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Re: Final Prep Advice (reposted in proper forum)

Postby Sandro » Tue Sep 28, 2010 10:26 pm

The Gentleman wrote:^ Is that Tony Soprano in your avatar? The Gentleman has a hard time seeing without his monocle. lol


Maurice Levy from The Wire

karasevda
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Re: Final Prep Advice (reposted in proper forum)

Postby karasevda » Wed Sep 29, 2010 6:17 pm

Regarding the RC, In order for you to ace it, the format must become second nature to you.
They ask virtually the same questions for each passage, so the key is being able to determine what parts will most likely be addressed in the questions.

In other words the 'important stuff' is almost always the same in every passage.
You need to know the the Main Point, the purpose of the passage, opposing view points (if any) and the evidence used to support those view points, the author's tone, the purpose of each paragraph and how each paragraph relates to one another etc.

Focus on adjectives to get a feel for the author's viewpoint and look for descriptive sentences related to the topic at hand.

For example: In as much as it conveys graphic symbolism, satirical wit, and employs a first-person narrative, Butter's style in the "Poop that took a Pee" is much more representative of the realist school of literature than the "talk-story" format its critics allude to. Indeed Butter's brilliant narration is evocative of the works of Tolstoy.

From this statement you could answer several questions.

The author's feelings toward Butter's or his book could be determined by the author's use of the word brilliant.
A question regarding the characteristics of realist literature, a question regarding the characteristics of the book, or a question regarding Butter's writing style could all be answered using the description at the beginning.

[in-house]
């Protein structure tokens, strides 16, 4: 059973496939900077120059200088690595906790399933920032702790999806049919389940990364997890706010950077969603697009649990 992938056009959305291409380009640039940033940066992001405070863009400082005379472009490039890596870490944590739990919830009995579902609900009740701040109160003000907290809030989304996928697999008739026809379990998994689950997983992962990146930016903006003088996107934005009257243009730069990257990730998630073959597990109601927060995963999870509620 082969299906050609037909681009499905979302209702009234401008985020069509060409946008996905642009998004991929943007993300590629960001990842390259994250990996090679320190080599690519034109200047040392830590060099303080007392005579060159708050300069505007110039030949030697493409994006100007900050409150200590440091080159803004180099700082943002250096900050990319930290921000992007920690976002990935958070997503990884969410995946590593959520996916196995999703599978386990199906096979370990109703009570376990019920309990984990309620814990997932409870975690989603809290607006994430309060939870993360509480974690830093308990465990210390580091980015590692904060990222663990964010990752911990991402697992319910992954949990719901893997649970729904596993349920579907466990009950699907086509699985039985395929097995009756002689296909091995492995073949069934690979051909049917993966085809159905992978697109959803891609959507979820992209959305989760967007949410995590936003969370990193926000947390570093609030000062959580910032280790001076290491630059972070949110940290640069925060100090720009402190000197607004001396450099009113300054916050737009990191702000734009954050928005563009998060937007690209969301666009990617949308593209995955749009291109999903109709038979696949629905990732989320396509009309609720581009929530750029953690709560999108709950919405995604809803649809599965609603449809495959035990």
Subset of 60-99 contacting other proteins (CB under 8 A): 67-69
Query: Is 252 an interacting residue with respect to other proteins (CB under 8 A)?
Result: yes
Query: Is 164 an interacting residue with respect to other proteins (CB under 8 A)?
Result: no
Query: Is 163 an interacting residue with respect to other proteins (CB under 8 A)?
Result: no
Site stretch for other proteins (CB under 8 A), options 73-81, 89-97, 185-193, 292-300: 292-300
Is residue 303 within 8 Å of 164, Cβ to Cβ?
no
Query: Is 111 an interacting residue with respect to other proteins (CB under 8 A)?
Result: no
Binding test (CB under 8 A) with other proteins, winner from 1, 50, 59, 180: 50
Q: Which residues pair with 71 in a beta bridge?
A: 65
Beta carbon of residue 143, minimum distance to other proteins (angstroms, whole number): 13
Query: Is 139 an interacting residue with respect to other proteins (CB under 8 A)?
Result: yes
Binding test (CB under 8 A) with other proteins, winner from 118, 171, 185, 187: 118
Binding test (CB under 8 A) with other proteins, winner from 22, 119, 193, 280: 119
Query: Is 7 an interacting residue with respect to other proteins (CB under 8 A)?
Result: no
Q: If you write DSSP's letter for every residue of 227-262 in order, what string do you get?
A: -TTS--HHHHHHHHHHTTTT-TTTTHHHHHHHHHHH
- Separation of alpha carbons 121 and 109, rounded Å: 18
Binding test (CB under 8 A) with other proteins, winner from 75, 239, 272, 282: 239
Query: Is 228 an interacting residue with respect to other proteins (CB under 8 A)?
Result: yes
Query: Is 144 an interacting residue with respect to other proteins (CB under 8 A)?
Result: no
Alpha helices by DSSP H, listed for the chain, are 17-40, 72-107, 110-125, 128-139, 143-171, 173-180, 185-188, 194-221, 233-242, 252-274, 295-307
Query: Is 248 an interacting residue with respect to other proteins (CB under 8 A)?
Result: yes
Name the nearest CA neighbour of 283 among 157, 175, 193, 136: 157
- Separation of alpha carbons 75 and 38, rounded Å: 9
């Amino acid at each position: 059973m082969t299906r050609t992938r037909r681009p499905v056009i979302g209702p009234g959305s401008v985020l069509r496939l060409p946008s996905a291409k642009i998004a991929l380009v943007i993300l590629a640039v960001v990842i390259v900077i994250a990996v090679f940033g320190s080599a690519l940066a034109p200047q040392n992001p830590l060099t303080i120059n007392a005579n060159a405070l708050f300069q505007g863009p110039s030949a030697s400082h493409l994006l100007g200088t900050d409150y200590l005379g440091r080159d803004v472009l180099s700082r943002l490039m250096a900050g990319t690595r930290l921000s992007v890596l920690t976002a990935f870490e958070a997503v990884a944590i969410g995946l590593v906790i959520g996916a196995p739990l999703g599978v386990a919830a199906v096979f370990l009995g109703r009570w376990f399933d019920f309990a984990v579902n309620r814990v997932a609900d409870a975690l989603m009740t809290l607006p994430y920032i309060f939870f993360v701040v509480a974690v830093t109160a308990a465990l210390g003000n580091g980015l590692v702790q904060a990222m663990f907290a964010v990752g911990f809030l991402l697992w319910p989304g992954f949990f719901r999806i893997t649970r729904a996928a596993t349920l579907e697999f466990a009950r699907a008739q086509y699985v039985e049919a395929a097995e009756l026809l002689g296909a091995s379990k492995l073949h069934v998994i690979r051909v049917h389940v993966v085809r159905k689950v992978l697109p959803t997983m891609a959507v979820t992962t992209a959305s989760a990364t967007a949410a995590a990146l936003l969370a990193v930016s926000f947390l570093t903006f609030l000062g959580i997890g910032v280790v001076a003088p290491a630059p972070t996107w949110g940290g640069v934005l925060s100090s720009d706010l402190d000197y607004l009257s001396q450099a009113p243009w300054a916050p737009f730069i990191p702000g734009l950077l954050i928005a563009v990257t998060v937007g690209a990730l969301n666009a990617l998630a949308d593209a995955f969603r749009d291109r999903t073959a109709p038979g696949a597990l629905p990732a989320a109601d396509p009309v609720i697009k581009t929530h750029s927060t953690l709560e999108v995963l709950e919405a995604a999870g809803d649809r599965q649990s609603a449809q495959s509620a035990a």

A question regarding the view to which some of his critics allude to could be answered by the "talk story" bit.

JJDancer
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Re: Final Prep Advice (reposted in proper forum)

Postby JJDancer » Wed Sep 29, 2010 6:36 pm

It's really hard to give advice on how to go from missing -3 to -0 since by that point you are either intuitively doing it right or know most of the right things to do.

If you want to make any notations on RC you can note the conclusion of the argument in the passage as MP (main point).
circle anything that shows tone such as "miles davis ingenously created bla bla" or "miles davis has been unfairly criticized by traditional blues artists"
(im just making up stuff there)

If there is a scientific process mentioned in the passage you can draw a little diagram for it.

If they mention specific people who did experiments or studies, I box their names so that I can easily find the section that relates to their contributions.

Remember that when they reference line #s or specific exact words from the passage, the answer might be a little before/after it.